Waking up at 6:00am is bad enough on its own. I always feel a little disoriented. But waking up at 6am on the Vietnam-China border in a city completely enveloped in fog is ten times worse.
Especially when you came there for the view!
Sapa is known for its beautiful mountains, which are covered with terraced rice fields. The fields are tended by the local Hmong population. They look slightly different from ethnic Vietnamese, and wear traditional costumes (which I absolutely love—they mix multiple colorful patterns, like plaids and flowers, and the overall effect is gorgeous).
I knew that the drive to Sapa from the station in Lao Cai would not be that pleasant when the driver started handing out the vomit bags. I never get car sick, but it was not much fun listening to the man behind me fill up his bag (and probably several others) throughout the long, winding drive up into the mountains. Especially since all I could do to distract myself was stare out the window at the pea soup.
After a considerable drive (an hour?), we arrived in Sapa. Because it’s so touristy, and on a mountain, it reminded me a bit of small town Austria or Switzerland—lots of tall, narrow hotels and restaurants. Many shops sold North Face jackets and pants, which they seem obsessed with in Vietnam.
When we arrived at our hotel the power was out. I told everyone that they should watch out—a hotel with no power at a remote mountain resort is a by-the-numbers Agatha Christie.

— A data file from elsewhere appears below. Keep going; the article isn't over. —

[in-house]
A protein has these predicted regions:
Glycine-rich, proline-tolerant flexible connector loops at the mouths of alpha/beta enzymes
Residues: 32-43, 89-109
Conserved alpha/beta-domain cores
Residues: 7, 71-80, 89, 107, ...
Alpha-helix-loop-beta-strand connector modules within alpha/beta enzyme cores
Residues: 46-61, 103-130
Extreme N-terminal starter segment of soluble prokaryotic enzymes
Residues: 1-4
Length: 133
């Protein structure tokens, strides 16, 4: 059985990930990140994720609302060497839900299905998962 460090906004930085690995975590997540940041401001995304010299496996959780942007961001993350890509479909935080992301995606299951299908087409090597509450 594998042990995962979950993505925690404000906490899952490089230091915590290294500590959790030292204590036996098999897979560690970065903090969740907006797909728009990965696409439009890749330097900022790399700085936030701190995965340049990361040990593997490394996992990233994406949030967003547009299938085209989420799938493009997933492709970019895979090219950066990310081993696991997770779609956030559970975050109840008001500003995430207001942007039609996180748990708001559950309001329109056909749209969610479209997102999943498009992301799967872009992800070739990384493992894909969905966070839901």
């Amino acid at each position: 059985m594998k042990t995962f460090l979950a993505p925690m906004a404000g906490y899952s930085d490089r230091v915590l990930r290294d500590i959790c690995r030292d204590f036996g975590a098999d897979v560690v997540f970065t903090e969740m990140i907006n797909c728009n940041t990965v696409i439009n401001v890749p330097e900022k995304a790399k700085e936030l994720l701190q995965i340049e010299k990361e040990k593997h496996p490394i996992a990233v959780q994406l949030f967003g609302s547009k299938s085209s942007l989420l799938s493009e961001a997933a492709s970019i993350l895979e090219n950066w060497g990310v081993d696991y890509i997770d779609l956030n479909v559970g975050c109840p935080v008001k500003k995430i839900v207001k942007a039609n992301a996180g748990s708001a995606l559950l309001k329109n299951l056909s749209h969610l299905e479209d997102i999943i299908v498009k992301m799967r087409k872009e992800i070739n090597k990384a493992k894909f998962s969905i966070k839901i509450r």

Our group was mostly made up of young Australians, as well as a Vietnamese couple (the woman, Ang, works in tourism in Hanoi and wanted to see the tour she keeps sending people to take) and a Korean guy my age, Peter, who is switching careers and as such is doing a legal internship in Hanoi.
Our guide met us in the hotel lobby, and urged everyone who wasn’t wearing shoes with treads to rent some boots from the business next door, which was offering rubber boots for $1 a day. They didn’t look terribly comfortable to me, but the Hmong all wear them, so they must be. He then told us that we should not take photos of Hmong people without their permission (which would probably involve giving them $1), and said we should not ask the price of anything they were selling unless we were serious about buying it. He further explained that the men worked in the morning, freeing up the women to help with tourism, then the women worked in the afternoon while the men rested. He didn’t say when the women got to rest.
We made our way to a square at the center of the town, where we were joined by a large group of Hmong women wearing their beautiful embroidered skirts, plaid head scarves, and rubber boots. (I would have taken photos, but $1 a photo seemed pretty steep!) Our guide explained that they would be joining us for the hike. We looked at each other nervously—we had a feeling they would be expecting us to spend a lot of money.